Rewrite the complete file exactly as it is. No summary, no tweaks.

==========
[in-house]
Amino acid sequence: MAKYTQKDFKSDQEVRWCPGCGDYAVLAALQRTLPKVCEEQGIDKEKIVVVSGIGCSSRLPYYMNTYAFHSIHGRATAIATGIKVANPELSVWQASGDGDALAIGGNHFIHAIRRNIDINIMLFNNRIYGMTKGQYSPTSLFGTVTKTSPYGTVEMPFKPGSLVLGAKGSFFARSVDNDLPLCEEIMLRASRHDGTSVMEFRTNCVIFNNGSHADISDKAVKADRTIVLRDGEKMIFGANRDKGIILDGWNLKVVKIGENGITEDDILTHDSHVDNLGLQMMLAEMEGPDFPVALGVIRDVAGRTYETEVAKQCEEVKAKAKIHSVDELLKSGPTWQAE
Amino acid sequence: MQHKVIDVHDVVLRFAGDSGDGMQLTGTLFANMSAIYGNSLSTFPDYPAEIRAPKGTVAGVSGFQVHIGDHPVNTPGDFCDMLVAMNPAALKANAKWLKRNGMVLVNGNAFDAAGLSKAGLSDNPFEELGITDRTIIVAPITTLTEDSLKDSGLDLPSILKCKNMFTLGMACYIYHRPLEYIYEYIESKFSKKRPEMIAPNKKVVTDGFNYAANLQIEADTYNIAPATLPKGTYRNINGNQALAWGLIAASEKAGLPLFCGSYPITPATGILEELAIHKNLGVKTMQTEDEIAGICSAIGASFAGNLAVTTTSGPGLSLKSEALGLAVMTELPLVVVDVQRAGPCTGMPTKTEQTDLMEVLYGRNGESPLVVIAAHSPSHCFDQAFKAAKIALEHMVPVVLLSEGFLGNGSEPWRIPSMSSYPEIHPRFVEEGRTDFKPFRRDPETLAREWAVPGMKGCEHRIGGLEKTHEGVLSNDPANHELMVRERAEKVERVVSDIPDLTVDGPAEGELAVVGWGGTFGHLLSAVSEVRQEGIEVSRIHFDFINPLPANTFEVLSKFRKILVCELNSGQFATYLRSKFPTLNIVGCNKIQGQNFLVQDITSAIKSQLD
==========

[in-house]
Amino acid sequence: MAKYTQKDFKSDQEVRWCPGCGDYAVLAALQRTLPKVCEEQGIDKEKIVVVSGIGCSSRLPYYMNTYAFHSIHGRATAIATGIKVANPELSVWQASGDGDALAIGGNHFIHAIRRNIDINIMLFNNRIYGMTKGQYSPTSLFGTVTKTSPYGTVEMPFKPGSLVLGAKGSFFARSVDNDLPLCEEIMLRASRHDGTSVMEFRTNCVIFNNGSHADISDKAVKADRTIVLRDGEKMIFGANRDKGIILDGWNLKVVKIGENGITEDDILTHDSHVDNLGLQMMLAEMEGPDFPVALGVIRDVAGRTYETEVAKQCEEVKAKAKIHSVDELLKSGPTWQAE
Amino acid sequence: MQHKVIDVHDVVLRFAGDSGDGMQLTGTLFANMSAIYGNSLSTFPDYPAEIRAPKGTVAGVSGFQVHIGDHPVNTPGDFCDMLVAMNPAALKANAKWLKRNGMVLVNGNAFDAAGLSKAGLSDNPFEELGITDRTIIVAPITTLTEDSLKDSGLDLPSILKCKNMFTLGMACYIYHRPLEYIYEYIESKFSKKRPEMIAPNKKVVTDGFNYAANLQIEADTYNIAPATLPKGTYRNINGNQALAWGLIAASEKAGLPLFCGSYPITPATGILEELAIHKNLGVKTMQTEDEIAGICSAIGASFAGNLAVTTTSGPGLSLKSEALGLAVMTELPLVVVDVQRAGPCTGMPTKTEQTDLMEVLYGRNGESPLVVIAAHSPSHCFDQAFKAAKIALEHMVPVVLLSEGFLGNGSEPWRIPSMSSYPEIHPRFVEEGRTDFKPFRRDPETLAREWAVPGMKGCEHRIGGLEKTHEGVLSNDPANHELMVRERAEKVERVVSDIPDLTVDGPAEGELAVVGWGGTFGHLLSAVSEVRQEGIEVSRIHFDFINPLPANTFEVLSKFRKILVCELNSGQFATYLRSKFPTLNIVGCNKIQGQNFLVQDITSAIKSQLD